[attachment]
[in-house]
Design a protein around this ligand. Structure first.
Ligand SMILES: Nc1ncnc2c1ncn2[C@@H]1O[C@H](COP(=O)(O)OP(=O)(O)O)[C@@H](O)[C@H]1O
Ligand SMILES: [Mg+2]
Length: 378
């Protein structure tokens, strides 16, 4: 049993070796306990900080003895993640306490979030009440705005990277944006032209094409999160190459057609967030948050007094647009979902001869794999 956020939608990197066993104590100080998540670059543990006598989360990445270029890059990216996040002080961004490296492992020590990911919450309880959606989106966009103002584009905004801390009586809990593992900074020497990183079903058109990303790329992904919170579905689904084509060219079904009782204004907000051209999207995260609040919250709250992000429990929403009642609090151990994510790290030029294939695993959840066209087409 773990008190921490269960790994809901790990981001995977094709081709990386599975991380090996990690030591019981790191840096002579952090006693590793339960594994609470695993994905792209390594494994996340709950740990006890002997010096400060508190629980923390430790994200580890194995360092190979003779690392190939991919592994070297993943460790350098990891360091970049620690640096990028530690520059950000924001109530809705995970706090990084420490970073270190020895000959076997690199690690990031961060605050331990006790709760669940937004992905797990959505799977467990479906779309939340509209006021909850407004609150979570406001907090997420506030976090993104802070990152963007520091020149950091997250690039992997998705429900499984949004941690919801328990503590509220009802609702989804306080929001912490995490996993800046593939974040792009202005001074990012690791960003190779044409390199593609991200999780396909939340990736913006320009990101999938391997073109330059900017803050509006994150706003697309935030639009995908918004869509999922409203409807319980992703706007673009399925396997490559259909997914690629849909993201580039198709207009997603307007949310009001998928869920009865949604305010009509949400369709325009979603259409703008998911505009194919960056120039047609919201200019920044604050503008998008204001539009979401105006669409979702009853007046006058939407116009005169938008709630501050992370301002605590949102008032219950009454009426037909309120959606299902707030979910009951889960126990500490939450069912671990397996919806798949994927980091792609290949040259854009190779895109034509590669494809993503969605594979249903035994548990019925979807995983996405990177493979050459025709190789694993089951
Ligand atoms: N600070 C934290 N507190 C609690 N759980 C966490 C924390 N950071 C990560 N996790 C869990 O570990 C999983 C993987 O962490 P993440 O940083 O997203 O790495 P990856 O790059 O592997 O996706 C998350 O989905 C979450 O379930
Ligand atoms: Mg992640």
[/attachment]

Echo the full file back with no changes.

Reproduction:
[in-house]
Design a protein around this ligand. Structure first.
Ligand SMILES: Nc1ncnc2c1ncn2[C@@H]1O[C@H](COP(=O)(O)OP(=O)(O)O)[C@@H](O)[C@H]1O
Ligand SMILES: [Mg+2]
Length: 378
């Protein structure tokens, strides 16, 4: 049993070796306990900080003895993640306490979030009440705005990277944006032209094409999160190459057609967030948050007094647009979902001869794999 956020939608990197066993104590100080998540670059543990006598989360990445270029890059990216996040002080961004490296492992020590990911919450309880959606989106966009103002584009905004801390009586809990593992900074020497990183079903058109990303790329992904919170579905689904084509060219079904009782204004907000051209999207995260609040919250709250992000429990929403009642609090151990994510790290030029294939695993959840066209087409 773990008190921490269960790994809901790990981001995977094709081709990386599975991380090996990690030591019981790191840096002579952090006693590793339960594994609470695993994905792209390594494994996340709950740990006890002997010096400060508190629980923390430790994200580890194995360092190979003779690392190939991919592994070297993943460790350098990891360091970049620690640096990028530690520059950000924001109530809705995970706090990084420490970073270190020895000959076997690199690690990031961060605050331990006790709760669940937004992905797990959505799977467990479906779309939340509209006021909850407004609150979570406001907090997420506030976090993104802070990152963007520091020149950091997250690039992997998705429900499984949004941690919801328990503590509220009802609702989804306080929001912490995490996993800046593939974040792009202005001074990012690791960003190779044409390199593609991200999780396909939340990736913006320009990101999938391997073109330059900017803050509006994150706003697309935030639009995908918004869509999922409203409807319980992703706007673009399925396997490559259909997914690629849909993201580039198709207009997603307007949310009001998928869920009865949604305010009509949400369709325009979603259409703008998911505009194919960056120039047609919201200019920044604050503008998008204001539009979401105006669409979702009853007046006058939407116009005169938008709630501050992370301002605590949102008032219950009454009426037909309120959606299902707030979910009951889960126990500490939450069912671990397996919806798949994927980091792609290949040259854009190779895109034509590669494809993503969605594979249903035994548990019925979807995983996405990177493979050459025709190789694993089951
Ligand atoms: N600070 C934290 N507190 C609690 N759980 C966490 C924390 N950071 C990560 N996790 C869990 O570990 C999983 C993987 O962490 P993440 O940083 O997203 O790495 P990856 O790059 O592997 O996706 C998350 O989905 C979450 O379930
Ligand atoms: Mg992640």